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# The calculator gives me sine wave

Question. "When I put in 'sine' in my [graphics] calculator, it gives me sine wave.  Why?"

The sine of an angle in a right triangle is defined as the ratio between the opposite side and hypotenuse.  In the table below you see the values of sine for all even angles from 0 to 90 degrees.  Most of the time the sine of an angle ends up being an irrational number, so the values in the table are actually just rounded values to six decimal places.  Sometimes, though, the sine of an angle is not an irrational number but a rational number.  Can you spot a couple of special angles where the sine of the angle is a rational number?

 Angle Sine of angle Angle Sine of angle Angle Sine of angle 0 2 4 6 8 10 12 14 16 18 20 22 24 26 28 30 0 0.034899 0.069756 0.104528 0.139173 0.173648 0.207912 0.241922 0.275637 0.309017 0.34202 0.374607 0.406737 0.438371 0.469472 0.5 32 34 36 38 40 42 44 46 48 50 52 54 56 58 60 0.529919 0.559193 0.587785 0.615661 0.642788 0.669131 0.694658 0.71934 0.743145 0.766044 0.788011 0.809017 0.829038 0.848048 0.866025 62 64 66 68 70 72 74 76 78 80 82 84 86 88 90 0.882948 0.898794 0.913545 0.927184 0.939693 0.951057 0.961262 0.970296 0.978148 0.984808 0.990268 0.994522 0.997564 0.999391 1

This data gives us 46 pairs of numbers.  Each number pair corresponds to a single point on the coordinate plane.  In each case, the x-value is the angle, and the y-value is the sine of that angle.

This is how it looks like when those 46 dots are plotted.  It's the start of the familiar sine wave form!

This picture was done with Microsoft Excel, which most people have on their home PC.  What a great exploration tool Excel can be for studying plotting functions!  Just create x- and y-values in columns, highlight the area of the data, choose "Chart Wizard", and choose "XY-scatter plot".

If you plotted more points, the graph would look more continuous.  Or you could connect the existing points with lines.  That's exactly what a scientific calculator does: it calculates a certain number of points, and connects those with lines.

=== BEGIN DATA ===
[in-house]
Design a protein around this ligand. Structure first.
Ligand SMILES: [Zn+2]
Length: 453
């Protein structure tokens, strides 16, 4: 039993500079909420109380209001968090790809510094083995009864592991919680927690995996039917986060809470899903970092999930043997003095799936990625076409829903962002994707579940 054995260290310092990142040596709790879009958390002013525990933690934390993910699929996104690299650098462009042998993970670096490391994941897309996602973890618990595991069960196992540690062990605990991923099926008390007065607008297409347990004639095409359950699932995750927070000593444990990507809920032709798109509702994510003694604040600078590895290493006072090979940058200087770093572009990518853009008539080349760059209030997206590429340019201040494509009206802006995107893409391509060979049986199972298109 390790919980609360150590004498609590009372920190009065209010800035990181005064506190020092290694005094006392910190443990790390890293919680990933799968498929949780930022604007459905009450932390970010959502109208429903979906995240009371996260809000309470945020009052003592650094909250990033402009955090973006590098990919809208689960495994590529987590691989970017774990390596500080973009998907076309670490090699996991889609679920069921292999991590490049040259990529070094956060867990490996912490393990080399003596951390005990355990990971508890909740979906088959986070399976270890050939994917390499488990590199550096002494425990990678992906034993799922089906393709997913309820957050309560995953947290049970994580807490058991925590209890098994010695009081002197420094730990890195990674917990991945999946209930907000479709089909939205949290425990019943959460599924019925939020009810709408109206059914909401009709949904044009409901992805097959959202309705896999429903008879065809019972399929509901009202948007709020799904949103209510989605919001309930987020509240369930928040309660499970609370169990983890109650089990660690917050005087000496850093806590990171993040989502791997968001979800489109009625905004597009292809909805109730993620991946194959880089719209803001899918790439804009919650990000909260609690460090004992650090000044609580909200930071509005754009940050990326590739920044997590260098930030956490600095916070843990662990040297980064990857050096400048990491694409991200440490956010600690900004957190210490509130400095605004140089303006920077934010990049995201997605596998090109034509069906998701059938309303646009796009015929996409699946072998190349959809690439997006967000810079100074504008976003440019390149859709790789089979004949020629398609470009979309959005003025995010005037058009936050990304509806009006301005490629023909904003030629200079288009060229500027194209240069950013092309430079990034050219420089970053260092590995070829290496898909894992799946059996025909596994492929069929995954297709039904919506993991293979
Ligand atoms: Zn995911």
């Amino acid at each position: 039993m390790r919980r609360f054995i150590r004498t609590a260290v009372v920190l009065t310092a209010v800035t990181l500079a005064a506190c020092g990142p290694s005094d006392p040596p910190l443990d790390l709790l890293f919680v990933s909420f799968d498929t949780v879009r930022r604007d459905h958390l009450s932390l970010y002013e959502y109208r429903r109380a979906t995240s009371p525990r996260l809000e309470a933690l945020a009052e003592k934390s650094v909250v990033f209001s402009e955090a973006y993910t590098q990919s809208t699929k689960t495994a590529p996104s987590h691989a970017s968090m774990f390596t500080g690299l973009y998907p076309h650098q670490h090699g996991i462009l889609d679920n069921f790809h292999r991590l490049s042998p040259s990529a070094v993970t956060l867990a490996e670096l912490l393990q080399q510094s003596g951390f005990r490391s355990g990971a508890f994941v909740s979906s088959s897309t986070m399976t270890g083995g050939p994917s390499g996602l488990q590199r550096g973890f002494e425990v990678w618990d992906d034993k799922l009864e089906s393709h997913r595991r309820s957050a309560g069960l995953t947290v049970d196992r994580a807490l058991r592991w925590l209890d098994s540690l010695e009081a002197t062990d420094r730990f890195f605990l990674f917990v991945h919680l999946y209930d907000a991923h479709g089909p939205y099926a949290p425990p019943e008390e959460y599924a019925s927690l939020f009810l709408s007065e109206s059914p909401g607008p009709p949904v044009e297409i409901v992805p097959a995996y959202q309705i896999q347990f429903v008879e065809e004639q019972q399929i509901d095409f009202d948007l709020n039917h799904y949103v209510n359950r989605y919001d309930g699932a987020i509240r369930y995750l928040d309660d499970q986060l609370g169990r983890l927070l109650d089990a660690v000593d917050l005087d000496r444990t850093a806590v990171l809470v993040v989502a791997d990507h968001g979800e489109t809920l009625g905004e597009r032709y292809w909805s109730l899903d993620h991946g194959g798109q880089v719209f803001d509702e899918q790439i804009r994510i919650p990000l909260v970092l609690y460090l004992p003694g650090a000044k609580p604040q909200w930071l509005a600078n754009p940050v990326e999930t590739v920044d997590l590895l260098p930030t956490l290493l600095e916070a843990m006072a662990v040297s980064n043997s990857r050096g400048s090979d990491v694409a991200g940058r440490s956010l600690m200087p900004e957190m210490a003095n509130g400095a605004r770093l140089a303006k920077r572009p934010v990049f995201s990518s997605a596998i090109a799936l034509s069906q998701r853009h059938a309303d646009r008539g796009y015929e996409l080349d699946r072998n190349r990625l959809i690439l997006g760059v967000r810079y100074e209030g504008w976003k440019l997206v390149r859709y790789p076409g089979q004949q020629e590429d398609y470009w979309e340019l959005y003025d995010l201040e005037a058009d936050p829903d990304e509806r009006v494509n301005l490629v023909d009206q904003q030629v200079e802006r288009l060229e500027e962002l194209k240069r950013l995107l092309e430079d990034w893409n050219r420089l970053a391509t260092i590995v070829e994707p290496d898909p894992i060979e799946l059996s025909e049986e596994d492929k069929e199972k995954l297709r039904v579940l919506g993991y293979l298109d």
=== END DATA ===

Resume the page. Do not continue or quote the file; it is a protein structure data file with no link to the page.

In this table are the same values for the sine of angle, and the same angles, but the angles are measured in radians, which is usually the default way of measuring angles in calculators.  The graph produced looks the same.

 Angle (radians) Sine of angle Angle (radians) Sine of angle Angle (radians) Sine of angle 0.000 0.035 0.070 0.105 0.140 0.175 0.209 0.244 0.279 0.314 0.349 0.384 0.419 0.454 0.489 0.524 0 0.034899 0.069756 0.104528 0.139173 0.173648 0.207912 0.241922 0.275637 0.309017 0.34202 0.374607 0.406737 0.438371 0.469472 0.5 0.559 0.593 0.628 0.663 0.698 0.733 0.768 0.803 0.838 0.873 0.908 0.942 0.977 1.012 1.047 0.529919 0.559193 0.587785 0.615661 0.642788 0.669131 0.694658 0.71934 0.743145 0.766044 0.788011 0.809017 0.829038 0.848048 0.866025 1.082 1.117 1.152 1.187 1.222 1.257 1.292 1.326 1.361 1.396 1.431 1.466 1.501 1.536 1.571 0.882948 0.898794 0.913545 0.927184 0.939693 0.951057 0.961262 0.970296 0.978148 0.984808 0.990268 0.994522 0.997564 0.999391 1

(Picture done with Microsoft Excel)

Now you might ask, "Doesn't the graph continue?  What about angles that are greater than or equal to 90 degrees?  I can't even draw a right triangle that would have a 91 degree angle (not even one with 90 degrees)."

You are right.  You can't draw a right triangle with a 90 or 91 or 200 degree angle.  That's where the right-triangle definition of sine comes to its limit, and that's where the unit circle and radians that you see in math books come into play.  With the unit circle, one can define sine and other trigonometric functions for all kinds of angles, and using that definition, one can then draw the graph of sine function further and get the familiar wave:

(Picture done with Microsoft Excel)